"What did you say?" The boy was still carrying his wooden stick around as if it was the most mighty of swords and Gwen found it very irritating. He kept swishing it up and down and when Gwen did not answer his question, he raised it and pointed it to her tummy. Gwen did not believe it. She had learned never to point weapons in the direction of people (well, of course if they were bad but ... she wasn't bad, was she?) and here was the king's son, being so very rude - again!

"You're so rude!" The words were out of her mouth before she could stop them. The moment they were out, she clapped a hand over her mouth to keep it from talking more without her wanting it to.

Even the prince seemed surprised because he stared, too, at her mouth, his own shaped in the surprised form of an "o". But recovered quickly.

"I am inot/i! I am the prince!" While telling her, he seemed to grow at least once the length of her pinky finger so he could try and stare down at her. For a moment Gwen nearly remembered everything her mother had told her about how to talk to the people more well off then her but her outrage at seeing someone she had always believed to be the best at everything behave like a cow in a bakery washed all that knowledge from her mind.

"Oh but you are rude! And that is not even a real sword, you know!" There, that would show him.

The prince did not take long to counter her words. "Oh as if you would know!"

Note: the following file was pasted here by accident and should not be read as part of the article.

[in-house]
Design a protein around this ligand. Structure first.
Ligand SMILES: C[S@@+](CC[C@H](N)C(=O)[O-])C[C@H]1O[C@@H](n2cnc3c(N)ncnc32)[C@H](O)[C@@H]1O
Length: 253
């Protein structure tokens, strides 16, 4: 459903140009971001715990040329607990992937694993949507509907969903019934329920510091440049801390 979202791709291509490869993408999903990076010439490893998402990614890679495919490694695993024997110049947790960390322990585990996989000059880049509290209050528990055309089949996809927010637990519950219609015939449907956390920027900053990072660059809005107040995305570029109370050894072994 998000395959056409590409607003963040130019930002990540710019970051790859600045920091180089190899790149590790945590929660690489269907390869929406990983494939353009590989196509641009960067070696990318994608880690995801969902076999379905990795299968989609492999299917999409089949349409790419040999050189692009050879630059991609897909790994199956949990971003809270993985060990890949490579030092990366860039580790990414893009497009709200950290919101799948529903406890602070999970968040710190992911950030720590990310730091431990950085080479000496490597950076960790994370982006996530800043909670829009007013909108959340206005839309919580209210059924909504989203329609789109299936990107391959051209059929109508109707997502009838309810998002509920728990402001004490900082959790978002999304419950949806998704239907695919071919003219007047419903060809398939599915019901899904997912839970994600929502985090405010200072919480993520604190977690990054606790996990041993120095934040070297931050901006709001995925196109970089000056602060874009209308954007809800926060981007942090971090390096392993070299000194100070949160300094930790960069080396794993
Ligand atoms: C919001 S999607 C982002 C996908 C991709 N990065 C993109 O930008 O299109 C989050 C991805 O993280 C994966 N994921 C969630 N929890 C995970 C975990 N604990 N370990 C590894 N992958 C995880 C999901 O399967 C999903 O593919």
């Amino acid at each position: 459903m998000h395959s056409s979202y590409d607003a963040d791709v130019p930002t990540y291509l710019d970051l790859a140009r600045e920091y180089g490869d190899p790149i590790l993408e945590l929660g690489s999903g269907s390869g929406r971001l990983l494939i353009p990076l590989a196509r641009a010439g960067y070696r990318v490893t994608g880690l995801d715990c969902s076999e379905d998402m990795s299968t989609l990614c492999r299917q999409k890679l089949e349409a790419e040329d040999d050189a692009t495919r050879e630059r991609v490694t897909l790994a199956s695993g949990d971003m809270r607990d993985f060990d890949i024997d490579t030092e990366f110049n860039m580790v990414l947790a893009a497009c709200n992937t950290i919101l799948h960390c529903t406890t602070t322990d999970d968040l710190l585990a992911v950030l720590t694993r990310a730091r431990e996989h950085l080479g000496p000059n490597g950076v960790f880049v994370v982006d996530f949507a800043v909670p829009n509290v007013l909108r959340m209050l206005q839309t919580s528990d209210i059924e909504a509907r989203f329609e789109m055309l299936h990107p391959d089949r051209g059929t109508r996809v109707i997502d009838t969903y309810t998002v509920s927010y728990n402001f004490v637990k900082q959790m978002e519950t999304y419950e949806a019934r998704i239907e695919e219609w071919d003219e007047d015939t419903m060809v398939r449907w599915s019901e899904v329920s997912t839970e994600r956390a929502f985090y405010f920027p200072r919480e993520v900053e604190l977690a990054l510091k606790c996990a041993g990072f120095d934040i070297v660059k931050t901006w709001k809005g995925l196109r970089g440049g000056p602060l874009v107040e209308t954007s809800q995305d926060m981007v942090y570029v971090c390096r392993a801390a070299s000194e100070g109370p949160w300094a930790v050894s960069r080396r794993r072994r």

Gwen couldn't hide the slightly smug smile. "I do know. I have one!" Well, so, it was a dagger and, yes, her mother had said she was not allowed to carry it around with her but still, it was a real blade and it was hers.

Again, the prince stared at her, even more surprised and, it seemed, angry. For a moment, Gwen was scared that he might hit her with his stick. But he surprised her by saying:

"Really? Show me!"

Gwen raised her eyebrows, that was how surprised she was, and did not know what to say except for: "All right ..."

When, as an answer, the prince grinned toothily at her, she could not help but grin back before dashing around and running back inside to get her most priced possession - the dagger her father had given her only a few short weeks ago. Maybe, she thought, maybe the prince wasn't so bad after all.

But once she had got the expensive little weapon, snug passed her mother and was back outside, the prince was gone and Gwen stood there, shaking her head, her hands on her hips and just a tiny bit disappointed.

"Oh how very rude!"